Now this totally changed the dynamic of what we were proposing to people. Instead of saying “come and check out my business” we were saying “come and eat cupcakes and help this charity out”. Because we were doing a good thing for this charity we became ‘indisputably nice people’ and could therefore push the tasting as hard as we possibly could without any guilty feelings or remorse.

As it turned out the tasting was a huge success, people had a a great time, we got to talk about our business and we raised a tonne of money for this charity. It was totally win, win, win, win.

So how do I apply this to my design business? Well you could design a t-shirt or poster and have all the profits go to charity. Because of the promotion of your charity product, people would no doubt learn about the other products you sell which would drive up sales. You could do some good old fashioned pro-bono work for a charity. If you try and push your work through design blogs and journals, they’re more likely to publish it if they can be seen to be promoting a good cause at the same time. There are a tonne of clever ways that you can leverage your services through charity and really give a huge boost to your promotion. I have a few plans for Hunting Town in the pipeline right now!

Now I know that to some of you, this could seem a little selfish. Riding on the back of a good cause to try and make more money in the long run doesn’t seem right somehow? I get you. But think of it this way- if you can earn a charity some money or no money which is better? We don’t all have the time or the resources to run our businesses and give to charity, so if we can combine the two surely that’s better than doing nothing? That’s my take on it anyway, I’d love to hear your thoughts on the matter.

As always, if you have any opinions on this, or if you have any cool ideas that you think could work please let me know in the comments below!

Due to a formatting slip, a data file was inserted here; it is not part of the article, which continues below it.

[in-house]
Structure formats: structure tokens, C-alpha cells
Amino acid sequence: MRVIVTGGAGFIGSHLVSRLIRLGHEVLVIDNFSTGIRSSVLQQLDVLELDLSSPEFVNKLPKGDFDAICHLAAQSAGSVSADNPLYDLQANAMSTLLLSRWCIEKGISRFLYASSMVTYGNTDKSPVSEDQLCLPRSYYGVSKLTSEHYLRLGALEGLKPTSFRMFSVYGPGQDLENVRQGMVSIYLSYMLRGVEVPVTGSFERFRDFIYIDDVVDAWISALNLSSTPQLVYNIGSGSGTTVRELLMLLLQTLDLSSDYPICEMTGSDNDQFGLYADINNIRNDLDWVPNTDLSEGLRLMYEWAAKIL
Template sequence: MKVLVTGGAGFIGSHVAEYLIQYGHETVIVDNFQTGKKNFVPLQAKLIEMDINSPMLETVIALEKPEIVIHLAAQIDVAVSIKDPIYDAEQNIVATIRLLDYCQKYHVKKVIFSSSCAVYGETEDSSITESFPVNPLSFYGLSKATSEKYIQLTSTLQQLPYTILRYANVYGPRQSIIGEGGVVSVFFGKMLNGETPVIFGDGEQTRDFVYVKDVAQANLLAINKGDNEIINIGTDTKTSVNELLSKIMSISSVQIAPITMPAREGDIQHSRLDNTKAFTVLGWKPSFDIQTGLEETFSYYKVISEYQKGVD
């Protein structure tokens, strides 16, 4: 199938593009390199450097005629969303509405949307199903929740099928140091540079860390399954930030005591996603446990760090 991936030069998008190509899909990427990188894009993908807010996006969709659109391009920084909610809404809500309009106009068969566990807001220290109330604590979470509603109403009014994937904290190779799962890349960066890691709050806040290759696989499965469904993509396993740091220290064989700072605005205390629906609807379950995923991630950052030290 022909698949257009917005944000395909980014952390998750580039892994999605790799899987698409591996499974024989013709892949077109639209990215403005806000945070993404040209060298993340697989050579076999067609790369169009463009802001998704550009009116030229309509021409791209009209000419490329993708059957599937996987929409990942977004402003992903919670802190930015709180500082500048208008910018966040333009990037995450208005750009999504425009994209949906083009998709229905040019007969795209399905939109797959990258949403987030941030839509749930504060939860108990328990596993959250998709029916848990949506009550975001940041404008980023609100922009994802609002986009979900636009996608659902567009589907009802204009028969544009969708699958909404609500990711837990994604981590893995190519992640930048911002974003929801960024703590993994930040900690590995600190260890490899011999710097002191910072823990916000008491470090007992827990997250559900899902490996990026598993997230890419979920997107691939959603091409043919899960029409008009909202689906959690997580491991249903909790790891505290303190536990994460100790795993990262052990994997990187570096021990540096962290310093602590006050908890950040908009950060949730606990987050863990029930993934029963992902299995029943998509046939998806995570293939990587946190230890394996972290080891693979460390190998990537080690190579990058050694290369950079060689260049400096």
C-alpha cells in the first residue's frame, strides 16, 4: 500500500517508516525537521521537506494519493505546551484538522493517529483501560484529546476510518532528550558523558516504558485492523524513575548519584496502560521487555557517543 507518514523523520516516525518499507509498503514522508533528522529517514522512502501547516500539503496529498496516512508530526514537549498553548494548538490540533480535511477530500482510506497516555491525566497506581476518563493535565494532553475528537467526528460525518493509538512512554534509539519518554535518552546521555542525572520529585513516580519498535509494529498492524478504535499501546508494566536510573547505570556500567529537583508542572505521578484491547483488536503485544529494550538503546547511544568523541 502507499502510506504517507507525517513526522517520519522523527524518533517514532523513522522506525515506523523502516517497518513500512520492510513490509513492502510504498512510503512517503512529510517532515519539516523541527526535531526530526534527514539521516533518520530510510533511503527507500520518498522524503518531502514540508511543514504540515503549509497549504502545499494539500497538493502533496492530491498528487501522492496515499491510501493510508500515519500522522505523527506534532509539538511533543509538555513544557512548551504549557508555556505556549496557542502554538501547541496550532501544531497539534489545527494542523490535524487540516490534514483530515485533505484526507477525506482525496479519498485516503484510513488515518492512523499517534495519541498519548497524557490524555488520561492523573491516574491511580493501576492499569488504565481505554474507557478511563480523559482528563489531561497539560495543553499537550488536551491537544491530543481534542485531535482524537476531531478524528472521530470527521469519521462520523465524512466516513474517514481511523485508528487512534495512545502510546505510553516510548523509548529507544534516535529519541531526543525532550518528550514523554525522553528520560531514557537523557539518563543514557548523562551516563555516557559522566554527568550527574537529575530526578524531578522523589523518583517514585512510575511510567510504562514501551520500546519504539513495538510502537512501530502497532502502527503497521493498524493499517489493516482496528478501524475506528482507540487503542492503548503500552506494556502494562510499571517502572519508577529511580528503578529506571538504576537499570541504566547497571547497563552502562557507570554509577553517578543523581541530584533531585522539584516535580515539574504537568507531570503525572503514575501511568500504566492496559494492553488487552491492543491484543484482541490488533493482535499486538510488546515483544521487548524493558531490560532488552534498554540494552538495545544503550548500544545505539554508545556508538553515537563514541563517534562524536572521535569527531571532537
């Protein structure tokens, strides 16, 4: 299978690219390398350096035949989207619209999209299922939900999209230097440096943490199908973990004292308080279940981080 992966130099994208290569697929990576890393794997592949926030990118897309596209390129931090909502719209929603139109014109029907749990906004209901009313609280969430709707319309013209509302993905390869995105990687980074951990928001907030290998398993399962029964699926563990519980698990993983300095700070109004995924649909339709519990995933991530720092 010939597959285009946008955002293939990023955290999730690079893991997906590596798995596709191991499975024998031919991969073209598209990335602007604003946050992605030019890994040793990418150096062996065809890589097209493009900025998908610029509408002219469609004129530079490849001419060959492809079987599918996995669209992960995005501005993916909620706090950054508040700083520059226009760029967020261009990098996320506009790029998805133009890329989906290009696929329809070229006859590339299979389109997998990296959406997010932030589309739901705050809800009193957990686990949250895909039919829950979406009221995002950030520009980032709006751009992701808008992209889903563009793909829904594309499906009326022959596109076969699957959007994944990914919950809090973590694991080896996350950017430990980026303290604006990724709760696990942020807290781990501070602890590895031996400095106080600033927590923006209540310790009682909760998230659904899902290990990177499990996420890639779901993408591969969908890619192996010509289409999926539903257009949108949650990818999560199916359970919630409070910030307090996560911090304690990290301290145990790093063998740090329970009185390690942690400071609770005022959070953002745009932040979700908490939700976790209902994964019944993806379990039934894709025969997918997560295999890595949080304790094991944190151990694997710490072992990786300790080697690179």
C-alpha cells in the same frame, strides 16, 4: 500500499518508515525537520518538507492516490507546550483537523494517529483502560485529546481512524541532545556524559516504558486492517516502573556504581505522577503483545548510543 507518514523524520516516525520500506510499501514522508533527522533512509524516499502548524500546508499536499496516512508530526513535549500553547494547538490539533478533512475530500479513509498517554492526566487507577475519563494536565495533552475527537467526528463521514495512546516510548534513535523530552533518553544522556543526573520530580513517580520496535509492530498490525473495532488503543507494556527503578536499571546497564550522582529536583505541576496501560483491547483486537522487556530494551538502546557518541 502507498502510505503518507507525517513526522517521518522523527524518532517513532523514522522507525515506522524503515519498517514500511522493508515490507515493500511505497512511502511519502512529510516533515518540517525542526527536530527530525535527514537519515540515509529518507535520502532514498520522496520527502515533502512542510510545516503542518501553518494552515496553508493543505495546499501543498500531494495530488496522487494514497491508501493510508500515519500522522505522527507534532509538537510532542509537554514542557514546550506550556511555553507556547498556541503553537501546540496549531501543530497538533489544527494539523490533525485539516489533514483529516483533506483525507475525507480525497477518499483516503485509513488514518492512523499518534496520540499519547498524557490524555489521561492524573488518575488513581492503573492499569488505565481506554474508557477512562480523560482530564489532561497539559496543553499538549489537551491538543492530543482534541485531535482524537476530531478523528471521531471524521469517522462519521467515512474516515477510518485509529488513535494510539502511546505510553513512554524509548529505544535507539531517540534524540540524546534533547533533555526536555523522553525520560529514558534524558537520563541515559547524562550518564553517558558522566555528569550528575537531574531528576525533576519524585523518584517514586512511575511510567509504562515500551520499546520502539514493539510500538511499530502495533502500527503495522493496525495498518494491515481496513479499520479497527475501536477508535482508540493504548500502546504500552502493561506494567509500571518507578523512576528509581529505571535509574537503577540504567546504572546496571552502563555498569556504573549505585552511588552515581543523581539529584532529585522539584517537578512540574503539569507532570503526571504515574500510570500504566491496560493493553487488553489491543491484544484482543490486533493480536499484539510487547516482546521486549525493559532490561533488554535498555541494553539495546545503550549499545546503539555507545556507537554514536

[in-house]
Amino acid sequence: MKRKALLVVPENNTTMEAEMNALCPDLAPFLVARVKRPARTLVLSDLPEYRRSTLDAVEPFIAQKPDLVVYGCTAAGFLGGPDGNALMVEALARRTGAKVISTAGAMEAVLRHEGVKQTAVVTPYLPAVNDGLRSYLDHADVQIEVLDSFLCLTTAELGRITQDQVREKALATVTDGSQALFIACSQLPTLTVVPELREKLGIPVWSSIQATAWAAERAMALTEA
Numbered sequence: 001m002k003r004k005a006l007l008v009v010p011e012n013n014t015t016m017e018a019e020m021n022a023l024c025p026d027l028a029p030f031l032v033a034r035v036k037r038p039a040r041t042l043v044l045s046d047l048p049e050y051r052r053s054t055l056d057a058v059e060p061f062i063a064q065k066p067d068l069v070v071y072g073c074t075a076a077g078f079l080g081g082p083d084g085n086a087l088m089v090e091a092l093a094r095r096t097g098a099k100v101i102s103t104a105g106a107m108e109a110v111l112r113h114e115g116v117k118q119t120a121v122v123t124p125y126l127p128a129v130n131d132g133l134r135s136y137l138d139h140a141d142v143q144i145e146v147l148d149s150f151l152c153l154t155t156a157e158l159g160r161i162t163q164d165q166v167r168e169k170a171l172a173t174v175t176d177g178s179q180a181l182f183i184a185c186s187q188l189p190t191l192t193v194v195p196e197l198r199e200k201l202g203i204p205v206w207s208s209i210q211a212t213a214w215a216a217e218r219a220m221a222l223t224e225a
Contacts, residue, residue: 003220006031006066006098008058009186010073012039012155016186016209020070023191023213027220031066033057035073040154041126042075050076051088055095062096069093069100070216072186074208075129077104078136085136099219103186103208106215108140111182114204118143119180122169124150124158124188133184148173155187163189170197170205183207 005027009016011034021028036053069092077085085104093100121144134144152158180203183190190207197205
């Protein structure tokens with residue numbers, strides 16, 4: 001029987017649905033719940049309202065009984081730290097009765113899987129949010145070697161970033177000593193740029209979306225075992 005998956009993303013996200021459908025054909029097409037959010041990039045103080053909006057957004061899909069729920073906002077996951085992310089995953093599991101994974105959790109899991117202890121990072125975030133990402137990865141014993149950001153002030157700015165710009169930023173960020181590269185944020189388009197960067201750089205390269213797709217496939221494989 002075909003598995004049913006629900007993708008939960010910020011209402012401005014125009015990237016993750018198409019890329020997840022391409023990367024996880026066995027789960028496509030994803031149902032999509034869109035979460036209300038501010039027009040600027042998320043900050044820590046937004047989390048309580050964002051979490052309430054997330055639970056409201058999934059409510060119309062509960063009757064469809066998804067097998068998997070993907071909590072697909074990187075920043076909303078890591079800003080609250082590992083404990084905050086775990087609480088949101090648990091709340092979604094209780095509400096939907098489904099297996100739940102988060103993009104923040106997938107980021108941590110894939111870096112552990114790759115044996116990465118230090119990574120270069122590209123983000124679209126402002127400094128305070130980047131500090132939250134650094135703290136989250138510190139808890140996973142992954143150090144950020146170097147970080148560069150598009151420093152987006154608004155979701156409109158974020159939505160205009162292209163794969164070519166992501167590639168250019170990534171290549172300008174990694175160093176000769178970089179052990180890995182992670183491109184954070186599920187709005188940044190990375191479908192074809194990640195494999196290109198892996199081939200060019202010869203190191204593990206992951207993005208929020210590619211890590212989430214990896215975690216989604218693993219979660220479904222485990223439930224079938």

Photo Credit to damo1977

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About the Author

is owner of Hunting Town Design, a small design house based in Manchester UK specialising in Graphic Design and Illustration. Alex is also the founder and editor of The Design Range. Find out more about Alex on his website or follow him on twitter.


  • Pam’s Designs

    I did a bit of charity work recently. We had a big fundraiser at my son’s school to raise funds for a playground and I worked with the 7/8 students to design the flyer to send out to parents and I also submitted a gift certificate for the silent auction. I figure, if there are any business owners attending the function or anyone in need of a designer, they will be happy to get a deal and I may get more work out of it.

    • http://www.thedesignrange.com/ Alex Singleton

      I think that’s a really good idea – by working for a school you’re connecting your services with something that any parent looking to hire you is dearly enthused about i.e. their child’s education.

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    Alexander SingletonWelcome to the Design Range – your online resource for tips and advice on how to get the most out of your design business and increase your design salary. My name is Alex Singleton and I own the Hunting Town design house. The Design Range is a place for me to talk about all the things I’ve learnt about the graphic design industry and hopefully provide some helpful advice to anyone else walking the same path.